AKRON—With the recent exit of five large North American retreaders from a declining passenger tire retreading business, conventional wisdom would say car tire retreading is dying. But conventional wisdom doesn't always dictate needs in specific markets, as a few successful passenger retreaders have found.
In fact, while several already have given up on passenger tire retreading—most notably in the past year, Ray Carr Tires Inc., EcoTyre Technologies, Retread Manufacturing & Tire Sales, C&J Tire Service Inc., and White's Tire Service of Wilson—a few retreaders are surviving, even thriving, in that business—against all odds.
Snow tires represent the majority of production at those companies surviving in the business, but forward-thinking firms also are looking at performance tires and other niche products.
A new leader
One such company is Eastern Tire Service Ltd. (ETS) in New Glasgow, Nova Scotia, which has become the largest passenger tire retreader in North America. The company operates a retread plant in New Glasgow that produces mold-cure passenger and light truck tires as well as Bandag precure commercial tires, and has three retail outlets in Nova Scotia.
ETS, which posted sales of approximately $6.5 million ($10 million Canadian) in 1998, increased production of car retreads last year 25 percent to 625 units per day, up from 500 a day in 1997. It also retreaded an average of 110 medium-truck tire units per day in 1998.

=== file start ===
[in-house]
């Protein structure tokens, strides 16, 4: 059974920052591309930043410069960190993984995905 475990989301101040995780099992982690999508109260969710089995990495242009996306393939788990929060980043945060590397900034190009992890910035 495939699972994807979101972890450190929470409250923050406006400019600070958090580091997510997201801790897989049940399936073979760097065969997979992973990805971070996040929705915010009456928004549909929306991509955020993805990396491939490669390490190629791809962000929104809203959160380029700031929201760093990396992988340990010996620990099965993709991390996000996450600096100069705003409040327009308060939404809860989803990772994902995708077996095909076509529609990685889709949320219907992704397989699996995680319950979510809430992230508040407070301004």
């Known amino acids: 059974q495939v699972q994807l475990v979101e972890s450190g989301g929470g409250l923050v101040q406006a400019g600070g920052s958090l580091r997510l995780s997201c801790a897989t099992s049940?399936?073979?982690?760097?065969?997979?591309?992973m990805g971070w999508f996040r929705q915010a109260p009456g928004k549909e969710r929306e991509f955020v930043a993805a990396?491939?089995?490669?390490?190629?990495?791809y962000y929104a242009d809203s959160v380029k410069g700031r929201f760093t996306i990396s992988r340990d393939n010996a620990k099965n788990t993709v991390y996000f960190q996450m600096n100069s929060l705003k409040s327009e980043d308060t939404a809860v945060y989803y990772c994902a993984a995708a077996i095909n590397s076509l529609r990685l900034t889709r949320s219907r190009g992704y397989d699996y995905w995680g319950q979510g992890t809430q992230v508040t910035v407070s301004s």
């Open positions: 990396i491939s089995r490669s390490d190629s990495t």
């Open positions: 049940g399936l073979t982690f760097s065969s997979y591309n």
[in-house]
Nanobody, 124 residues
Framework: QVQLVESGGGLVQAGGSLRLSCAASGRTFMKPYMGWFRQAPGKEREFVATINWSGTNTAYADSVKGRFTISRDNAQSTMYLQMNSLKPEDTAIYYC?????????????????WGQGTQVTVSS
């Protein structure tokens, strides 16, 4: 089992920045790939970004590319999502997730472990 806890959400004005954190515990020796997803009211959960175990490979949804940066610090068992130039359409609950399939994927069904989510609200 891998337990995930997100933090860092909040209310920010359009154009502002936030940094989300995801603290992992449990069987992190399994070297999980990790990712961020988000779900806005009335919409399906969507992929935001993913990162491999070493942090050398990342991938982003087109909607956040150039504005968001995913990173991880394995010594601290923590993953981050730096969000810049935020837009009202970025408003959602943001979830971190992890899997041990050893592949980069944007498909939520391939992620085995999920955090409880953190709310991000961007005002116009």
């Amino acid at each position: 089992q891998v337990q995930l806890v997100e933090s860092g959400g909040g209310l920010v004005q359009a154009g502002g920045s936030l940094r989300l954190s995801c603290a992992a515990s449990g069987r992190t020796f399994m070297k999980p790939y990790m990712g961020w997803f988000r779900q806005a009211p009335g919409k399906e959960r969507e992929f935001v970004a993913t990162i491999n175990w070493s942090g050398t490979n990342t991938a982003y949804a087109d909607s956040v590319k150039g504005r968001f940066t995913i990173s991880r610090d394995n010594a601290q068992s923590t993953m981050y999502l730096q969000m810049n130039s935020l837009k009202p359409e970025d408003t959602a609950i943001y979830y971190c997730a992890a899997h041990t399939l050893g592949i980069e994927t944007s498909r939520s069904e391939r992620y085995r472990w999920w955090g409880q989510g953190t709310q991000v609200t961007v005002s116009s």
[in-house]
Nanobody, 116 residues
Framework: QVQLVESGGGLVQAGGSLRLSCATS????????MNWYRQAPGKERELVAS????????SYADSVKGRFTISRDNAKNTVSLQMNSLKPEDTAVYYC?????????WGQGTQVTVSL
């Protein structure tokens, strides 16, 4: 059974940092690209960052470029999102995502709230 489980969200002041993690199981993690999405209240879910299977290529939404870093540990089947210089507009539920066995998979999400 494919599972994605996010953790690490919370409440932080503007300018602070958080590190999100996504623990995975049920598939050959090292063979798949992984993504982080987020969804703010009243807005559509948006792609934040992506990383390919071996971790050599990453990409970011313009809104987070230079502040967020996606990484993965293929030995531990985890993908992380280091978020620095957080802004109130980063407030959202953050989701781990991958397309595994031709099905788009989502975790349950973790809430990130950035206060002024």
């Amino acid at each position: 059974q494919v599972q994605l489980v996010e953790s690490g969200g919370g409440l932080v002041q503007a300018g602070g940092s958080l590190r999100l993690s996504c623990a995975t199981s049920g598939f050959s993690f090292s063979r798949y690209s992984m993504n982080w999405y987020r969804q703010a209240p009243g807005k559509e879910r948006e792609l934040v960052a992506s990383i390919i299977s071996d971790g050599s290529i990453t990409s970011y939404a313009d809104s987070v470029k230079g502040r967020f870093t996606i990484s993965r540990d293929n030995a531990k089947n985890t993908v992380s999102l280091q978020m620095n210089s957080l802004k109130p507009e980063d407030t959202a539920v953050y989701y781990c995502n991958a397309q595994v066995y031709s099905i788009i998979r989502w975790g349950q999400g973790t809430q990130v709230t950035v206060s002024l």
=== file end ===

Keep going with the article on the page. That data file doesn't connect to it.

President Gerald Holmes said ETS' success lies in retreading snow tires, exporting all-season radial retreads and switching to a bead-to-bead ``remolding'' process.
``Our survival really is in the snow tires,'' Mr. Holmes said. ``We build snow tires year-round, and that's where my bread and butter is.''
Snow tire retreads account for at least 60 percent of the company's sales, Mr. Holmes said. Most of those sales come from Canada, but some snow tire retreads are shipped to Iceland.
``We have competition with the new (snow) tire, but not as bad as the all-season tire,'' he said. ``Everyone's got a low-end new tire, but with the snow tires, a lot of them haven't got (low-end).''
The key to ETS' success is attention to quality. All casings are inspected twice, before and after buffing, and repairs are limited to simple nail holes, Mr. Holmes said. Tires are remolded bead-to-bead using Orbitread strip-winding, permitting the company to brand the retreads with its own ETS mark. The plant operates 32 Italmatic VR-series presses.
About 20 to 30 percent of ETS' sales are from exports, Mr. Holmes said, a business that keeps the company stable when snow tire sales wane during the summer. The company exports all-season passenger retreads to Puerto Rico and parts of the U.S. and Mexico.
The firm soon hopes to ship approximately 7,500 to 8,000 tires to Cuba, Mr. Holmes said. ``Castro's got 40,000 cars, taxis and rental cars, and they can't make radial tires.''
Sticking with a niche
Like ETS, Anderson, S.C.-based Retreads Unlimited is staying in the passenger retreading business by meeting the needs of a small niche—that of high-performance tire retreads.
Businesses that service the used car market and mail-order customers demand retreaded high-performance tires as a cheaper alternative to new tires, said Sidney McDowell, Retread Unlimited's president and CEO.
``When you've got a $350 tire vs. say, a $70 tire, it's a big money-saver for them,'' Mr. McDowell said.